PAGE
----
Wednesday, November 28, 2012

Understand Persistent VM Disk (2)

Since all persistent PVM disks are eventually stored in blob storage, there must be a way to manage these disks and the .vhd files in the blob storage. The tools and portal to manage these are simple and straight forward, but understanding below key concepts would be very helpful for you to use those tools.

There are three stages of a .vhd file or a PVM disk:
  1. raw .vhd file in blob storage (use any blob explore tool to manage this)
  2. .vhd files recognized by PVM as disks (use Azure portal to create/delete disk)
  3. PVM disk attached to a PVM instance (use Azure portal to attach/detach disk)

O/S disk vs. Data disk: this is decided when you recognize a raw blob file as a disk. O/S disk can be used to create a VM instance.

Image vs. Disk: Image is "sysprepared" O/S disk. You can use either Image or O/S Disk to create a VM instance. If you use O/S Disk, all the old user name, machine name etc. persist, while everything is as from scratch if you use Image.

Understand Persistant VM disks (1)

Persistent VM (PVM) is Azure's IaaS offering comparable to Amazon's EC2. Unlike EC2 which uses local disks for the majority of the time, PVM uses Azure blob storage to store disks. This design has multiple implications.

On the good side, your data in the disks are more reliable, as every Azure blob automatically has 3 local copies which are always synchronized and another 3 copies in a different data center 100+ miles away which is delay synchronized. On the bad side, the disk I/O performance might be impacted. For this reason, PVM do use both Azure blob backed disks and local only disks to optimize the disk I/O, so it's important to understand where each disk lives. Below is the explanation:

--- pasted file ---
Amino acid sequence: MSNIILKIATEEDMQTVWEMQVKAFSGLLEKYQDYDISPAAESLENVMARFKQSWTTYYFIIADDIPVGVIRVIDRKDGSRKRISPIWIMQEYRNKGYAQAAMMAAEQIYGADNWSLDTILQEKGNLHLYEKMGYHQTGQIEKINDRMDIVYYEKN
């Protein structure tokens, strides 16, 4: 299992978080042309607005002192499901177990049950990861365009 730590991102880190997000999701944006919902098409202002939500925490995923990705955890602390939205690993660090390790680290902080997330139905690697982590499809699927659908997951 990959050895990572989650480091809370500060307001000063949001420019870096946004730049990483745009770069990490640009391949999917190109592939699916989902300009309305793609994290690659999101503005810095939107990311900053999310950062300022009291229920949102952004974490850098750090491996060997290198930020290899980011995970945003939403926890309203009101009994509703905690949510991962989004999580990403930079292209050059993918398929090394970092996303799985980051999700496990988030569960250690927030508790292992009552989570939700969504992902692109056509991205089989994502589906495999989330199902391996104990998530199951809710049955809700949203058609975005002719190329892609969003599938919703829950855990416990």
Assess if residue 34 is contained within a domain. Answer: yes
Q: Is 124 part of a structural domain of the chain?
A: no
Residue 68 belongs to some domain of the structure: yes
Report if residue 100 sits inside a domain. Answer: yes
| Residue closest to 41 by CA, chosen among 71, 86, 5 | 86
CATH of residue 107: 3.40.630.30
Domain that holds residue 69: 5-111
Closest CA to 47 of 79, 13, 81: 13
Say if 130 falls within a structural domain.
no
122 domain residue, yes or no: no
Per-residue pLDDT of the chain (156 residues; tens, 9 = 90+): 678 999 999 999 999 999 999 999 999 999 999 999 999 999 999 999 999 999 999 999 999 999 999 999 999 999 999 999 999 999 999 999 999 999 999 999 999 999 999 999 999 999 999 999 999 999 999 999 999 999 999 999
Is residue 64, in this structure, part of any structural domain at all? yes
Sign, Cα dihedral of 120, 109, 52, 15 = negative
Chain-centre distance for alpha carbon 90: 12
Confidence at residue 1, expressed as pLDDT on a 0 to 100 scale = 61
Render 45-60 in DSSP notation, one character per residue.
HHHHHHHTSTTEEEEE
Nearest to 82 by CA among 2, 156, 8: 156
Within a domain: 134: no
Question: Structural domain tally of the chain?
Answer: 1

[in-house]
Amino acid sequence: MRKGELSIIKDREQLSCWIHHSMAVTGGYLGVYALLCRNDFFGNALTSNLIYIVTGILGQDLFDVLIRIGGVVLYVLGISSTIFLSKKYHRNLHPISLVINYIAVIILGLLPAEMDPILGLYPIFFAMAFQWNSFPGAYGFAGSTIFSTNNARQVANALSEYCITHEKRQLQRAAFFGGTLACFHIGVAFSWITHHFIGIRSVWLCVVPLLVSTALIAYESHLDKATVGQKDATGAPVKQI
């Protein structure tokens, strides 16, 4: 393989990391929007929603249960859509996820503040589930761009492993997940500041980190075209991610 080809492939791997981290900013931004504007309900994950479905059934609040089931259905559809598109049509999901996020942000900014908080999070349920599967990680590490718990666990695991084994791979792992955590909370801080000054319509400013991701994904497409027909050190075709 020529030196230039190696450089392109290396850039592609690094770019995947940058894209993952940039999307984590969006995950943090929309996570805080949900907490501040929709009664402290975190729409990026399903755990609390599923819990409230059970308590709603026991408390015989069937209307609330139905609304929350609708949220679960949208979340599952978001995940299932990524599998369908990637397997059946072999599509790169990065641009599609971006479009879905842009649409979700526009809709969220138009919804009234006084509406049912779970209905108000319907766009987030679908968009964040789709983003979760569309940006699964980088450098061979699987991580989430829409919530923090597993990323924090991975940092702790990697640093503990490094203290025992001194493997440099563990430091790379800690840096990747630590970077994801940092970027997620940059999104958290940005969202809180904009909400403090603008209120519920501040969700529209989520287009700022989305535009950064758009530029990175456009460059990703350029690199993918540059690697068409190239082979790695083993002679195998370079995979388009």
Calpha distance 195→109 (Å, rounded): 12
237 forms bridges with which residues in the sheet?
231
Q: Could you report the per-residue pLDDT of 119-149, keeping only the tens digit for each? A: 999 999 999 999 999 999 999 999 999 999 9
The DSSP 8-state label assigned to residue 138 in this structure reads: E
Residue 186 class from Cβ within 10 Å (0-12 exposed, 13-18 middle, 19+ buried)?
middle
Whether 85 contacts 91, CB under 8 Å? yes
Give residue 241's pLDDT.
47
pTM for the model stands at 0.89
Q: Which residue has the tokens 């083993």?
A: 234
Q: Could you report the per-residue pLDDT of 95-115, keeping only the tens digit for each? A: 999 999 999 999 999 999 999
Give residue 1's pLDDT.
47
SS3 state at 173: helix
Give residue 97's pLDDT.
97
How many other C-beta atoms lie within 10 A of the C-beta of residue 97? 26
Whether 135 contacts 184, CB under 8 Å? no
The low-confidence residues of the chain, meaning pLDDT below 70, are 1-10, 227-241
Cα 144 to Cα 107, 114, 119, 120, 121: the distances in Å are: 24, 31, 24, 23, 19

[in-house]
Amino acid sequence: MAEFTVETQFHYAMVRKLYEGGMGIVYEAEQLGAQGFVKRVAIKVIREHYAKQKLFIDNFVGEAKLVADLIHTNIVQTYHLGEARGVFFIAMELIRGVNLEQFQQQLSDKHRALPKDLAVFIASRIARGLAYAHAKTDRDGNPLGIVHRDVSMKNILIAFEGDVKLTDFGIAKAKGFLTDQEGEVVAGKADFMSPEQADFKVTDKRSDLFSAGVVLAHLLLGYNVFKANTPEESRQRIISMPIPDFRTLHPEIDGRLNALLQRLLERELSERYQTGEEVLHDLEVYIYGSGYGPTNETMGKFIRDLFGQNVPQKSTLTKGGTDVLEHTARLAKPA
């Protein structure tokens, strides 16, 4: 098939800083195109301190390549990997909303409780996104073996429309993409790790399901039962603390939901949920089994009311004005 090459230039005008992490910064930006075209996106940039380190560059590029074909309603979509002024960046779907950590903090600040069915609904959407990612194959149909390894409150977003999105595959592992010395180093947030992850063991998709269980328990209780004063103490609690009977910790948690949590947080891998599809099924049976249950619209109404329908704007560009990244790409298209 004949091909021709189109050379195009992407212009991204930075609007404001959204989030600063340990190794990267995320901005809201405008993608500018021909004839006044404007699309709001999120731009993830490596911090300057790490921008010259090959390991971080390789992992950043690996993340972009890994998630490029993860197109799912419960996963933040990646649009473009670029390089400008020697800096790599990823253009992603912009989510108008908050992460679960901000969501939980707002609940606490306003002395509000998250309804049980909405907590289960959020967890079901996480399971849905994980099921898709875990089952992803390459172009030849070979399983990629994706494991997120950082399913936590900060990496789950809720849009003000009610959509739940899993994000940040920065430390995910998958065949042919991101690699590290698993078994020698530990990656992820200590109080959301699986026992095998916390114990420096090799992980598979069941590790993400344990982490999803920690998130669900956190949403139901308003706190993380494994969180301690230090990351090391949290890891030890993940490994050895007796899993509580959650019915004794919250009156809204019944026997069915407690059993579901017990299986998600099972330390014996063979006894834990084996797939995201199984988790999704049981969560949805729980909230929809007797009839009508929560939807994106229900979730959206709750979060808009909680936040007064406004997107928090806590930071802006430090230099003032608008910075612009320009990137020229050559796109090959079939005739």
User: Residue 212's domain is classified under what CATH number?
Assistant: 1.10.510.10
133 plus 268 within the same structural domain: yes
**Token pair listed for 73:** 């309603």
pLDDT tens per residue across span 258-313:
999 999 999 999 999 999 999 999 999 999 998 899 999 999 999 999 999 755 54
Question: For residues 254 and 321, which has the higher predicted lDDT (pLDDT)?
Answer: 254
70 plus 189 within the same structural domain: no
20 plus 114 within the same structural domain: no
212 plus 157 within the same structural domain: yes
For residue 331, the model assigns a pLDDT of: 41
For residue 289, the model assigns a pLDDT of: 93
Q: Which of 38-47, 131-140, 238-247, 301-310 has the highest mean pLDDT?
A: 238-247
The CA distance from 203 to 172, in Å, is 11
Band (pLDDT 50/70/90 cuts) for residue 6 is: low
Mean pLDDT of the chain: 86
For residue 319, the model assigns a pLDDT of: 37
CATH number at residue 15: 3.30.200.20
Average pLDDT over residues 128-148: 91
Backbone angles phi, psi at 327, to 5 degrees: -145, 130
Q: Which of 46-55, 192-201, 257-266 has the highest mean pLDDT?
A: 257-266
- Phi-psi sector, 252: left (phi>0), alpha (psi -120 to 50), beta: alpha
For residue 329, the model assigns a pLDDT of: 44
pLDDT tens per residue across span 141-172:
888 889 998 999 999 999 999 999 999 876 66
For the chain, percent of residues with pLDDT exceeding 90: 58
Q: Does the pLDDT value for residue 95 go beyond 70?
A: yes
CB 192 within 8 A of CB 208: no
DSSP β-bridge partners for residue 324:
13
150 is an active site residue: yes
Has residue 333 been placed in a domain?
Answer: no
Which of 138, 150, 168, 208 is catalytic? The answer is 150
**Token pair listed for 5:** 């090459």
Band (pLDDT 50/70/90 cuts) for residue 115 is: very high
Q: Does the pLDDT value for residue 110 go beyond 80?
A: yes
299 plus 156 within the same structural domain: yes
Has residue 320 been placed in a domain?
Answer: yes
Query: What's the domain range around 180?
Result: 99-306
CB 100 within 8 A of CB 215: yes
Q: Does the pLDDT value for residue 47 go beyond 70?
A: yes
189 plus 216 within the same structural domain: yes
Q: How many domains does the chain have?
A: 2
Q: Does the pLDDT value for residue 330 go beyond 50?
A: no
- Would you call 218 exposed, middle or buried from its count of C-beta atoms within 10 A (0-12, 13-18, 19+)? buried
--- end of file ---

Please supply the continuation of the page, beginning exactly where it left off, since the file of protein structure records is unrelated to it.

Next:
C: disk is the OS disk. Persisted in blob storage.

D: disk is local disk. Not persisted, but very fast.

F: disk is additional user data disk. Persisted in blob.

Friday, June 15, 2012

Azure Web Site

When we were developing the CloudSamurai multi-tenant framework, we were aware that there is an official Microsoft project doing the same thing as CloudSamurai using the similar ARR approach. Of course, the MS official project must be more mature and more complete in features. Although, we didn't know when and how this official MS offering would be available.

In the latest Azure June 2012 release, the 'Azure Web Site' is unveiled. This is the MS-self hosted version of high-density share-IIS multi-tenant web site solution. It is expected that the customer-hosted version be released in the next big release. Here is the official description of 'Azure Web Site':

"Quickly and easily deploy sites to a highly scalable cloud environment with the frameworks and open source apps of your choice using Windows Azure Web Sites. Get started for free and scale as you go on a cloud platform that enables automatic scale-out options across shared and reserved instances for greater isolation and performance."

You should also check ScottG's blog for more information:

Saturday, April 14, 2012

Messaging VS. Notifying

Messaging is the basis of all SOA design, however most people don't know the essense of 'Message' in SOA is actrually 'to convey as little information as possible'. If you can convey less infomation but still get the task done, the design would be better than if you convey more information. Because by doing so, you reduced the inter-system dependency.